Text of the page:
I have been receiving many calls from parents who have been referred by colleagues to help address current concerns about their child’s development and progress. Questions such as:
- My child is receiving services through Early Intervention, EI, speech only, but he continues to demonstrate many temper tantrums. What is wrong? Why is this still happening? What else could I be doing to help my child progress?
- My child is receiving services through NYC Department of Education, Committee on Pre-School Special Education, CPSE, speech, occupational and physical therapy, but he is demonstrating little progress. What is wrong? What else should I be doing?
- My child is receiving services through the NYC Department of Education, Committee on Special Education, CSE. How do I know the school and clinicians providing services are using best practice? What is best practice?
- My child is receiving ABA services in his therapeutic pre-school and at home, some clinicians are not having any problem but others are. What is wrong?
The NYS Office of People with Developmental Disabilities, OPWDD, provide services and resources, which compliment the other programs and provide services and resources once the child becomes an adult, over 21 years of age. I often let parents know how to access these services and what they should know.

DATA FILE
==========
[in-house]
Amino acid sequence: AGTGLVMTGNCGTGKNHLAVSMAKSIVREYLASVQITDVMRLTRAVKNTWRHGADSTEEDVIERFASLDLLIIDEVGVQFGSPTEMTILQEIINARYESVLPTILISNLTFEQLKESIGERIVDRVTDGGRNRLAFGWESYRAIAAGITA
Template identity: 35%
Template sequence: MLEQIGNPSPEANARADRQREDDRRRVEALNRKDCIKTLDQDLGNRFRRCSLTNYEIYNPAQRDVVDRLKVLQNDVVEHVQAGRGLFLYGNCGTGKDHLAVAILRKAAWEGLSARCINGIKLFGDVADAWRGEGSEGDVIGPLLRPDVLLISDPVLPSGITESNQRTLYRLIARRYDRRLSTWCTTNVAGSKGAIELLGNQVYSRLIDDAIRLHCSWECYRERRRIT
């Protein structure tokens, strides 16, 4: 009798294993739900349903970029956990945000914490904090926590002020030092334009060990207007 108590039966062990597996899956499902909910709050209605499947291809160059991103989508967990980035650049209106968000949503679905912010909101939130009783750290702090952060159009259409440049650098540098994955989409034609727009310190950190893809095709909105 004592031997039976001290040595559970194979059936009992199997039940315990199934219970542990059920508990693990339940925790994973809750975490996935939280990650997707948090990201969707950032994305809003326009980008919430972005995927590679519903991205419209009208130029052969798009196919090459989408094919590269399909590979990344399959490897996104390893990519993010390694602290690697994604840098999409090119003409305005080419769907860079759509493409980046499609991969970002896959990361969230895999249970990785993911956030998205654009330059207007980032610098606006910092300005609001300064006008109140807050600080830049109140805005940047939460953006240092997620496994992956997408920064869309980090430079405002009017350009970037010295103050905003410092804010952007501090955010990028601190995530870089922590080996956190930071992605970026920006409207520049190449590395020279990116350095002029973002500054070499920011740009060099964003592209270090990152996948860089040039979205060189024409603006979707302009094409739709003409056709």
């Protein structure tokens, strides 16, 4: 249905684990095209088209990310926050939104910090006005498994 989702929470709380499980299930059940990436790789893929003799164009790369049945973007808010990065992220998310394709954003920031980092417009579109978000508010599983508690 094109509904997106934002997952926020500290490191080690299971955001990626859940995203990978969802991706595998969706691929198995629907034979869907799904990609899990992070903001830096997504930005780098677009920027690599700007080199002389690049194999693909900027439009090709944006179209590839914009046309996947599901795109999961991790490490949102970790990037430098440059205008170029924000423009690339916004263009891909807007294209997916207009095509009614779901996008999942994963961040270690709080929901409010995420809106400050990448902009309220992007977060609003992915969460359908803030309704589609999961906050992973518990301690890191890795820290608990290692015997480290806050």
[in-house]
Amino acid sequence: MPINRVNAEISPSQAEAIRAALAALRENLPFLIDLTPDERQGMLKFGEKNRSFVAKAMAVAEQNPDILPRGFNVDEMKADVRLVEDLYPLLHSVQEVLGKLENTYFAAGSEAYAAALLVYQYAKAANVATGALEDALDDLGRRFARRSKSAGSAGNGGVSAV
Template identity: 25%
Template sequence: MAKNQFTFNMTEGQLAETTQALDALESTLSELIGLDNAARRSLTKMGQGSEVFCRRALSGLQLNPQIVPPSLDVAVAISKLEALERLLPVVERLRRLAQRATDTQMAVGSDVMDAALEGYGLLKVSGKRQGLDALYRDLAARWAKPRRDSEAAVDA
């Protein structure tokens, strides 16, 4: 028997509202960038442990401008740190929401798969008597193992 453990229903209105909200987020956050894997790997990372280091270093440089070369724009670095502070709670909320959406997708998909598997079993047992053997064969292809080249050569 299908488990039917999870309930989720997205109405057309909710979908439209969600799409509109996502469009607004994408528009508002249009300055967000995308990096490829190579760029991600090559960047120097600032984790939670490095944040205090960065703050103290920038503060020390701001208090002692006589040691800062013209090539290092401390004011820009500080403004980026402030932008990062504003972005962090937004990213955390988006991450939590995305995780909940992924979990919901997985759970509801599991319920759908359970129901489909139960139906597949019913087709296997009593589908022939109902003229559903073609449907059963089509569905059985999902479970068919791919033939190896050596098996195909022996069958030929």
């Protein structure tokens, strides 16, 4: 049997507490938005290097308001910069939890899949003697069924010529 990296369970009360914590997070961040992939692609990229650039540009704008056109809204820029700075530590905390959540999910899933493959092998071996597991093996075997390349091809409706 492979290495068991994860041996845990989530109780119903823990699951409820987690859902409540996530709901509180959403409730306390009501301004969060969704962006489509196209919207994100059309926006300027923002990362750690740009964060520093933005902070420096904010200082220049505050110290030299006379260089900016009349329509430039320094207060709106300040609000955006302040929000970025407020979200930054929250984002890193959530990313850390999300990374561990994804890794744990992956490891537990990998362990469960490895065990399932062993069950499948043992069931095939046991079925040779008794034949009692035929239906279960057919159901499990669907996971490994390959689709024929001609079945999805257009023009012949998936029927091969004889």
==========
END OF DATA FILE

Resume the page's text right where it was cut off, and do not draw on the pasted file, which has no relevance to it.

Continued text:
The services provided through EI, CPSE, CSE and OPWDD provide a continuum of services intended to maximize each child’s potential. In most cases, the services provided use state of the art interventions with trained clinical staff and children progress. In some cases, despite the best efforts of these programs, challenges for the child and family persist. Why?
The answer to this question is complex and multifaceted. When asked questions similar to those above, I ask for; the evaluations the IFSP, IEP or plan of care. Who is having the problems, what are the problems, who is not having the problems, and why? What is the perceived reasons for, and motivation(s) for, the behavior? Essentially, a mini-functional behavior analysis, FBA.
Often left out of consideration are the emotional needs of the child and the emotional needs of the family members. In effect only, part of the child’s needs are being addressed, certainly not all the child’s needs or those of the family. This is not to mention that parents must learn to be their child’s advocate and how to work collaboratively with the providers. To be an effective advocate, parents need to know how to assess their child’s progress or lack of it, and how to address their concern(s) at each level of care. In each case, I help parents think outside of the box, to consider needs that might be unmet, and/or different avenues to obtain the necessary services.
Reach out for a consultation which will consist of a comprehensive review and evaluation of your child’s plan of care. We can discuss your concerns and the individual needs of your child. If necessary we can develop a plan to enhance the services and interventions you child receives. I can be reached at my office phone; 516-297-5705 or email,